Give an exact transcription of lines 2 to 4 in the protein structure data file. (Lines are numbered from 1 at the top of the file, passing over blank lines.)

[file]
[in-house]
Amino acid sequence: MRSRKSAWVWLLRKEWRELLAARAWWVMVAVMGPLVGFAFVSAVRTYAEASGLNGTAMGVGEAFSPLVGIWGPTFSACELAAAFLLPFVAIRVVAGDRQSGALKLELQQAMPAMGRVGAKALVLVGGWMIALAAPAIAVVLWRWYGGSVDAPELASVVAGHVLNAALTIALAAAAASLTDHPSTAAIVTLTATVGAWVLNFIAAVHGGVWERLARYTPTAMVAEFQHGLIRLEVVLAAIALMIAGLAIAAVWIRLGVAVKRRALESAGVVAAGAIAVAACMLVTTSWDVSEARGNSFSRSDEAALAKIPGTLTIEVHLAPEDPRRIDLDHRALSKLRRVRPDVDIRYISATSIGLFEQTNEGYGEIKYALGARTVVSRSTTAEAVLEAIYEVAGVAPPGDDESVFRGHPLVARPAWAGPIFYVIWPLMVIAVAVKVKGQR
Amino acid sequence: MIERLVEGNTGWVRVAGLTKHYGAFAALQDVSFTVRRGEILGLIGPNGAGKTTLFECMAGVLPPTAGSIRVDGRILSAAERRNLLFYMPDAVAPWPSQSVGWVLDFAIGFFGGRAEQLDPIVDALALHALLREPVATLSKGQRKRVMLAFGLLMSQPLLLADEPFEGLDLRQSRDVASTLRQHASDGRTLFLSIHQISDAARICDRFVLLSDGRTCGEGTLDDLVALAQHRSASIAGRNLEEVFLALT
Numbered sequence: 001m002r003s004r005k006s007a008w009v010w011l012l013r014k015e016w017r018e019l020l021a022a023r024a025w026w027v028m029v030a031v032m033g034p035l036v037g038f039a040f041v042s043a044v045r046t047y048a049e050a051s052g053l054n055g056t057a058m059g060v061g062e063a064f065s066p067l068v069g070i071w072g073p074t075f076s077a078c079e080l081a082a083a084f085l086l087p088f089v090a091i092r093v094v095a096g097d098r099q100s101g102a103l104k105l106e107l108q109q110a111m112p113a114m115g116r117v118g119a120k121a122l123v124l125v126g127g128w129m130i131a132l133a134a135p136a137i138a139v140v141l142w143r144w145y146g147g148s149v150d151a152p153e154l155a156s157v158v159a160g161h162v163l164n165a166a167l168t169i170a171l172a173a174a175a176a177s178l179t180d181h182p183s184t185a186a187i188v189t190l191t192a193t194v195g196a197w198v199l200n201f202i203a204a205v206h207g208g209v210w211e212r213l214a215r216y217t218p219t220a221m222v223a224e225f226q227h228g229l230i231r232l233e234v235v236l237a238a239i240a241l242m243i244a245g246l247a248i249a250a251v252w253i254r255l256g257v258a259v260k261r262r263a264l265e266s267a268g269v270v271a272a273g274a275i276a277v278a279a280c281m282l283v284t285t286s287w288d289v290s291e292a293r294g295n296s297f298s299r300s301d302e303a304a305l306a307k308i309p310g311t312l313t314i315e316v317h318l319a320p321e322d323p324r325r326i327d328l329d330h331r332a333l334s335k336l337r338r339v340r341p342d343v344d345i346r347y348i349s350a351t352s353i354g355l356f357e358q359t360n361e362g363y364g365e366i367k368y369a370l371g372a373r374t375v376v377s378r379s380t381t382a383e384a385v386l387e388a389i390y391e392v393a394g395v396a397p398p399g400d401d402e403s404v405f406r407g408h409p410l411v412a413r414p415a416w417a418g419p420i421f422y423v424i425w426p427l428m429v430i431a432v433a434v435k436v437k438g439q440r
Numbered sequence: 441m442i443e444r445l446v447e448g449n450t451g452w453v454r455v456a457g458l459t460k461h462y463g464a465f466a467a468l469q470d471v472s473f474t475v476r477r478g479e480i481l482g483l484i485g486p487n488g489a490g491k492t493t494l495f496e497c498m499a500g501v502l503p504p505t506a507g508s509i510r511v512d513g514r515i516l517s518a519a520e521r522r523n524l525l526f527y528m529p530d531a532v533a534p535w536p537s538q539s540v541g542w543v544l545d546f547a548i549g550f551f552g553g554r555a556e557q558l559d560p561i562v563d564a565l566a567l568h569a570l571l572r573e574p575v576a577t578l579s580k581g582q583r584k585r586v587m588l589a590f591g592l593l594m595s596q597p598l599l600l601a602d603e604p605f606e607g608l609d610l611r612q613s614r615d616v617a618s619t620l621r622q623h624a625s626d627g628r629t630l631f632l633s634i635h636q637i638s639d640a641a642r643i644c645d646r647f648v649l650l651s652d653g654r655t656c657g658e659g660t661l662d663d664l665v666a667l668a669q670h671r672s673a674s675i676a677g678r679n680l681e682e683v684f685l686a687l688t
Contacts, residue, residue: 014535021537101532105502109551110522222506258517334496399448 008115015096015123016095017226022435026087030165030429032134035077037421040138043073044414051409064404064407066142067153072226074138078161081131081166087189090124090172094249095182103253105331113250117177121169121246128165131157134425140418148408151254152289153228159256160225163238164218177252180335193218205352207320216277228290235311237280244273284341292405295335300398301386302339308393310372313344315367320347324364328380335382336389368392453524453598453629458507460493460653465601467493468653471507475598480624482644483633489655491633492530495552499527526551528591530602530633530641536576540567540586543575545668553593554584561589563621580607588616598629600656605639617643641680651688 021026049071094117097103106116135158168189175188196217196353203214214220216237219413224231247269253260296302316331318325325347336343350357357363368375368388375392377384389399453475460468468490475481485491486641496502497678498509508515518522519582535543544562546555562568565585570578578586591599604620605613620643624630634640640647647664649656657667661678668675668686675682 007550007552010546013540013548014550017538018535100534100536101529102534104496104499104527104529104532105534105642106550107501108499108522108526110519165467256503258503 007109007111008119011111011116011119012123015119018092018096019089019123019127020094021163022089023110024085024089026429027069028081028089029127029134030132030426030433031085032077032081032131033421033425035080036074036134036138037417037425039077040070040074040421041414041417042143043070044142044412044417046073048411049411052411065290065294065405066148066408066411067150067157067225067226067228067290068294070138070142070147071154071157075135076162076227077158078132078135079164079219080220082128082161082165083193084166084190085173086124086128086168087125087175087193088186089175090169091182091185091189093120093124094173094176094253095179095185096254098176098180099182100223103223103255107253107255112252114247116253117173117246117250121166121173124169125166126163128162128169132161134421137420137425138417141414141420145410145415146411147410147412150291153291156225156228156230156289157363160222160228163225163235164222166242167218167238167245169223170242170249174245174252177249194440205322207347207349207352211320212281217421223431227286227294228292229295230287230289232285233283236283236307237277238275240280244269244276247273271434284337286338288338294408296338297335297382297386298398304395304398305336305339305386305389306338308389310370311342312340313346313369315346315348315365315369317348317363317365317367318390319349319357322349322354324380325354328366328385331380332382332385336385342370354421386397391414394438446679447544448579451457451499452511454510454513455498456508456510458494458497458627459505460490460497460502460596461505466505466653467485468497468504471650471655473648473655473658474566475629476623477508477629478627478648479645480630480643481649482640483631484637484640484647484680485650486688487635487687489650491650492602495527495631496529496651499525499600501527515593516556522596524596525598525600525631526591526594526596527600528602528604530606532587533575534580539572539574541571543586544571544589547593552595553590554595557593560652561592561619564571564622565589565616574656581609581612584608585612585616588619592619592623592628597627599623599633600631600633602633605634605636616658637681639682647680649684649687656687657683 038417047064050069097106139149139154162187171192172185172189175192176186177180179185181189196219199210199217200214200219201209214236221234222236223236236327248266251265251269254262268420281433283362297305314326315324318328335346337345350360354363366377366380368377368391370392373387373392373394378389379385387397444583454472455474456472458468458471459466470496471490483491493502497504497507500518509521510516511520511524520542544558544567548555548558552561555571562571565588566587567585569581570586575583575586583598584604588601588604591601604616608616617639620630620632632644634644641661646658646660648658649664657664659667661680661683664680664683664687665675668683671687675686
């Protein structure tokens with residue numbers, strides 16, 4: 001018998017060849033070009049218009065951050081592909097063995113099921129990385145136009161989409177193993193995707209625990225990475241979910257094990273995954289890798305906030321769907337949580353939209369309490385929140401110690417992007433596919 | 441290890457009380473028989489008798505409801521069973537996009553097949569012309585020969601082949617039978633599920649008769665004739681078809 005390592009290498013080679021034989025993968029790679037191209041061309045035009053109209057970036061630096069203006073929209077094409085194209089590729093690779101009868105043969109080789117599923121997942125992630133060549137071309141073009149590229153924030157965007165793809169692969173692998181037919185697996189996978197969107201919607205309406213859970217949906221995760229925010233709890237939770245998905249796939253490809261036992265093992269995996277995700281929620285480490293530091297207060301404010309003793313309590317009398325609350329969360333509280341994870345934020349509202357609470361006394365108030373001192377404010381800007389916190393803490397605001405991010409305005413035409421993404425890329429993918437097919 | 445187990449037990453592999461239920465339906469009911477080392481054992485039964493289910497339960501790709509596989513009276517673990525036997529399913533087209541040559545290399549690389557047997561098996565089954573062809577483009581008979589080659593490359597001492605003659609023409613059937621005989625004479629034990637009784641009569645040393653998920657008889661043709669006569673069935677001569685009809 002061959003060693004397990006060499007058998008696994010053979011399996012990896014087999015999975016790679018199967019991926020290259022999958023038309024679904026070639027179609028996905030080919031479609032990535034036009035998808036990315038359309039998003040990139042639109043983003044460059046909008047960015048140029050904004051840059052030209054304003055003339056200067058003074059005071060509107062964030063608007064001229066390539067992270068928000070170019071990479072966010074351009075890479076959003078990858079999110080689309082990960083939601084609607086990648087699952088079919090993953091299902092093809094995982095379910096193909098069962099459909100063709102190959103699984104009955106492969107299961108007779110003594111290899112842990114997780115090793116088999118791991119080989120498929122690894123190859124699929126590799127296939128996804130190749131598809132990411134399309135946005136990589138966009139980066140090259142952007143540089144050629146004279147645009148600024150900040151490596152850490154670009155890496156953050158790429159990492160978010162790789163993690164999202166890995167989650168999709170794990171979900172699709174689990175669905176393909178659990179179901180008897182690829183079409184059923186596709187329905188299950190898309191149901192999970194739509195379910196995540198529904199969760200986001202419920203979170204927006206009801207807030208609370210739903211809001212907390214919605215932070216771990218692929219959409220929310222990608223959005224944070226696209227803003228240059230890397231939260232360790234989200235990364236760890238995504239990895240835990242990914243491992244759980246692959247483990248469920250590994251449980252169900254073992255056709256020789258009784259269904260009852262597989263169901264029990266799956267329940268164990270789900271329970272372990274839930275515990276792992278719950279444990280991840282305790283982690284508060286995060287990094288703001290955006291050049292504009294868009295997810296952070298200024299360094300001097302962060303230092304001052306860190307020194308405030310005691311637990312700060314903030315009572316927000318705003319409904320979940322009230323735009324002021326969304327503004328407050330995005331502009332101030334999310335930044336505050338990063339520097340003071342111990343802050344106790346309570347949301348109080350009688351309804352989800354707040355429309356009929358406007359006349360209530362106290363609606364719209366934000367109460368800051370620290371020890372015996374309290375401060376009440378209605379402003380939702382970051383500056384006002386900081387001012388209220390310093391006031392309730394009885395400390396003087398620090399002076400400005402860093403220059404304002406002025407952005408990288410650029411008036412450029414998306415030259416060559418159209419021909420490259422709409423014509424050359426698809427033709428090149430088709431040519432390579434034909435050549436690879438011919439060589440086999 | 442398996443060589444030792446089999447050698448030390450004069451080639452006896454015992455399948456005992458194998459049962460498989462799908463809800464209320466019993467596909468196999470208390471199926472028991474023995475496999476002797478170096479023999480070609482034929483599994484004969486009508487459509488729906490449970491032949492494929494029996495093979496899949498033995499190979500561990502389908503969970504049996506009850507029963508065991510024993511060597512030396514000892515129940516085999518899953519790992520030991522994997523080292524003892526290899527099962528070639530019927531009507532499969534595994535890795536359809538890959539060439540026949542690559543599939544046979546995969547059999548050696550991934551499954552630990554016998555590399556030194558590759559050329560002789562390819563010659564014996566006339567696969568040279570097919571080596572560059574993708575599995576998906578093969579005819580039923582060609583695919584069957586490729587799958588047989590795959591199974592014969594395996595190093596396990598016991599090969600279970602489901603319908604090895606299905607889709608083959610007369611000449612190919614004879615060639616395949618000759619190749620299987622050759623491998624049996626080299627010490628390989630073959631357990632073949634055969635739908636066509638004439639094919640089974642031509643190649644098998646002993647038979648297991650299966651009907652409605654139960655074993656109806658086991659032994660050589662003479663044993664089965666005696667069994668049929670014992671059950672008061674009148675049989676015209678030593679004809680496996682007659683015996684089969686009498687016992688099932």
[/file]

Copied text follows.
Amino acid sequence: MRSRKSAWVWLLRKEWRELLAARAWWVMVAVMGPLVGFAFVSAVRTYAEASGLNGTAMGVGEAFSPLVGIWGPTFSACELAAAFLLPFVAIRVVAGDRQSGALKLELQQAMPAMGRVGAKALVLVGGWMIALAAPAIAVVLWRWYGGSVDAPELASVVAGHVLNAALTIALAAAAASLTDHPSTAAIVTLTATVGAWVLNFIAAVHGGVWERLARYTPTAMVAEFQHGLIRLEVVLAAIALMIAGLAIAAVWIRLGVAVKRRALESAGVVAAGAIAVAACMLVTTSWDVSEARGNSFSRSDEAALAKIPGTLTIEVHLAPEDPRRIDLDHRALSKLRRVRPDVDIRYISATSIGLFEQTNEGYGEIKYALGARTVVSRSTTAEAVLEAIYEVAGVAPPGDDESVFRGHPLVARPAWAGPIFYVIWPLMVIAVAVKVKGQR
Amino acid sequence: MIERLVEGNTGWVRVAGLTKHYGAFAALQDVSFTVRRGEILGLIGPNGAGKTTLFECMAGVLPPTAGSIRVDGRILSAAERRNLLFYMPDAVAPWPSQSVGWVLDFAIGFFGGRAEQLDPIVDALALHALLREPVATLSKGQRKRVMLAFGLLMSQPLLLADEPFEGLDLRQSRDVASTLRQHASDGRTLFLSIHQISDAARICDRFVLLSDGRTCGEGTLDDLVALAQHRSASIAGRNLEEVFLALT
Numbered sequence: 001m002r003s004r005k006s007a008w009v010w011l012l013r014k015e016w017r018e019l020l021a022a023r024a025w026w027v028m029v030a031v032m033g034p035l036v037g038f039a040f041v042s043a044v045r046t047y048a049e050a051s052g053l054n055g056t057a058m059g060v061g062e063a064f065s066p067l068v069g070i071w072g073p074t075f076s077a078c079e080l081a082a083a084f085l086l087p088f089v090a091i092r093v094v095a096g097d098r099q100s101g102a103l104k105l106e107l108q109q110a111m112p113a114m115g116r117v118g119a120k121a122l123v124l125v126g127g128w129m130i131a132l133a134a135p136a137i138a139v140v141l142w143r144w145y146g147g148s149v150d151a152p153e154l155a156s157v158v159a160g161h162v163l164n165a166a167l168t169i170a171l172a173a174a175a176a177s178l179t180d181h182p183s184t185a186a187i188v189t190l191t192a193t194v195g196a197w198v199l200n201f202i203a204a205v206h207g208g209v210w211e212r213l214a215r216y217t218p219t220a221m222v223a224e225f226q227h228g229l230i231r232l233e234v235v236l237a238a239i240a241l242m243i244a245g246l247a248i249a250a251v252w253i254r255l256g257v258a259v260k261r262r263a264l265e266s267a268g269v270v271a272a273g274a275i276a277v278a279a280c281m282l283v284t285t286s287w288d289v290s291e292a293r294g295n296s297f298s299r300s301d302e303a304a305l306a307k308i309p310g311t312l313t314i315e316v317h318l319a320p321e322d323p324r325r326i327d328l329d330h331r332a333l334s335k336l337r338r339v340r341p342d343v344d345i346r347y348i349s350a351t352s353i354g355l356f357e358q359t360n361e362g363y364g365e366i367k368y369a370l371g372a373r374t375v376v377s378r379s380t381t382a383e384a385v386l387e388a389i390y391e392v393a394g395v396a397p398p399g400d401d402e403s404v405f406r407g408h409p410l411v412a413r414p415a416w417a418g419p420i421f422y423v424i425w426p427l428m429v430i431a432v433a434v435k436v437k438g439q440r